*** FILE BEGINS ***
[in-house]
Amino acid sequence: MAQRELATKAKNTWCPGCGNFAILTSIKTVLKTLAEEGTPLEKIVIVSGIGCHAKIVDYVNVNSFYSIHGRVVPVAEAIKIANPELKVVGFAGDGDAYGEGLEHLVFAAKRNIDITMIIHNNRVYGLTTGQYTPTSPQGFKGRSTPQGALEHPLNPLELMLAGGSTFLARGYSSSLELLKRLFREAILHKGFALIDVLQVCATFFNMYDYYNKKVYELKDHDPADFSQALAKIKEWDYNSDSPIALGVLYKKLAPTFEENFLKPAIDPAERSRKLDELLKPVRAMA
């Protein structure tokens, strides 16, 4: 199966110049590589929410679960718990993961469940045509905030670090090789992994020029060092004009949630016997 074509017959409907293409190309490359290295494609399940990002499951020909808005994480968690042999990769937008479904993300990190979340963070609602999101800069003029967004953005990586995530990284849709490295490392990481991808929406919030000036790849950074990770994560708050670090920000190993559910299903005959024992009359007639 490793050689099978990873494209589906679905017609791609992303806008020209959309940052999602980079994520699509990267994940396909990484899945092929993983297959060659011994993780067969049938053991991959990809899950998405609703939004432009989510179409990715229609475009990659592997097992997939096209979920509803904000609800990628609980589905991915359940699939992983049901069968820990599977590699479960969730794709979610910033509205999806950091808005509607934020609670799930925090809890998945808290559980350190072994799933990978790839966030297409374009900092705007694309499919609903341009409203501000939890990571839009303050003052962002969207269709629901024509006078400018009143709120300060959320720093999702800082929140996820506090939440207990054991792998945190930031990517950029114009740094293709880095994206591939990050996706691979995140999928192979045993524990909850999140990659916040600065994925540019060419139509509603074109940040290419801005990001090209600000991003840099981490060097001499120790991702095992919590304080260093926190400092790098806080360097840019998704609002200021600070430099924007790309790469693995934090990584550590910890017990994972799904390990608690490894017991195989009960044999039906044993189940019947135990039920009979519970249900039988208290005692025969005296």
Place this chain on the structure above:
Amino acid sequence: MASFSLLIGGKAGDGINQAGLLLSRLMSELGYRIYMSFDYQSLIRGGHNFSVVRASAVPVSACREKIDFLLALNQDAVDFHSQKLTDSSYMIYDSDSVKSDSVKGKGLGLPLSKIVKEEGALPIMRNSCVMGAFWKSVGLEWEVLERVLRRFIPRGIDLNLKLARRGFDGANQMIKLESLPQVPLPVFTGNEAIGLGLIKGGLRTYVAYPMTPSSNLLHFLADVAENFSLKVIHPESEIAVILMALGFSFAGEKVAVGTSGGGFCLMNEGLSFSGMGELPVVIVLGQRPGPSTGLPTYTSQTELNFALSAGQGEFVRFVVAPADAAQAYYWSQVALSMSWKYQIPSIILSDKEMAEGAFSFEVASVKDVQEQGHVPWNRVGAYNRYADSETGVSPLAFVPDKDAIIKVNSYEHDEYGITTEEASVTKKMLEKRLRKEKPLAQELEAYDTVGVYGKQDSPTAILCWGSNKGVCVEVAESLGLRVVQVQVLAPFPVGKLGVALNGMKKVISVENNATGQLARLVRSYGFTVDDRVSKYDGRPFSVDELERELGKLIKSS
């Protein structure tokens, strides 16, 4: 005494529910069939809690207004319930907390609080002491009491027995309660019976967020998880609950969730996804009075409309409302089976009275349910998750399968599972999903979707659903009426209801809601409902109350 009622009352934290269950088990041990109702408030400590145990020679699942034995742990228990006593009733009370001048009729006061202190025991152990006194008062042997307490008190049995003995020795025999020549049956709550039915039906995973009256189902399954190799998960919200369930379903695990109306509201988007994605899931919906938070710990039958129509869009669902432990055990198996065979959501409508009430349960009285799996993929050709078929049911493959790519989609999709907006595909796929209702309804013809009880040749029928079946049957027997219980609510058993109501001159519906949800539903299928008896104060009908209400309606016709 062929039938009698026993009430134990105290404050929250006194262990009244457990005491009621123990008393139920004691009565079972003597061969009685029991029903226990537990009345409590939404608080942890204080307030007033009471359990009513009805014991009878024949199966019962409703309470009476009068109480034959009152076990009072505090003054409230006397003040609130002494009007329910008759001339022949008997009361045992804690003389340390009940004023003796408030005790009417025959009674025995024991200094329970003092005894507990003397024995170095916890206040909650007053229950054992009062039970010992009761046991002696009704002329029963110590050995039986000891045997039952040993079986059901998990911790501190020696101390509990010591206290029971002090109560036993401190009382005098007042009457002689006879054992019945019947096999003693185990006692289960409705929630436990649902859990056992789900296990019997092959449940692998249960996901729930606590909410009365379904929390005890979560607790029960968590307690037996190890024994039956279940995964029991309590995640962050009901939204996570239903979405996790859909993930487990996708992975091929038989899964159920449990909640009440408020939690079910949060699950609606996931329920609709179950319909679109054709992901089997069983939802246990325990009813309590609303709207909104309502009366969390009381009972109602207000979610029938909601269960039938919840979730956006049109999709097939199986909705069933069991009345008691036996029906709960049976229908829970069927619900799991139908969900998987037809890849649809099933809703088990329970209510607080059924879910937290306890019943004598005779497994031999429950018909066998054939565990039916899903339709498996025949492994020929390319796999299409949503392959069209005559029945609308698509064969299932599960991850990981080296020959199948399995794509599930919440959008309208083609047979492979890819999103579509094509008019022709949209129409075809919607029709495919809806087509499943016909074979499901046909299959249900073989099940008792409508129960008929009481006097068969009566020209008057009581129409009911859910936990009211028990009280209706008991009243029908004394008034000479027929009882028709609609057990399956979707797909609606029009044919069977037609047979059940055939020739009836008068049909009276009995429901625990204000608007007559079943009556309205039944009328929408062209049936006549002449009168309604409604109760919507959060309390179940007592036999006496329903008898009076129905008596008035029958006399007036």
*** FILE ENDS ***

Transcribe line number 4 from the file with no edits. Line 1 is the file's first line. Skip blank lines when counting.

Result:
Place this chain on the structure above: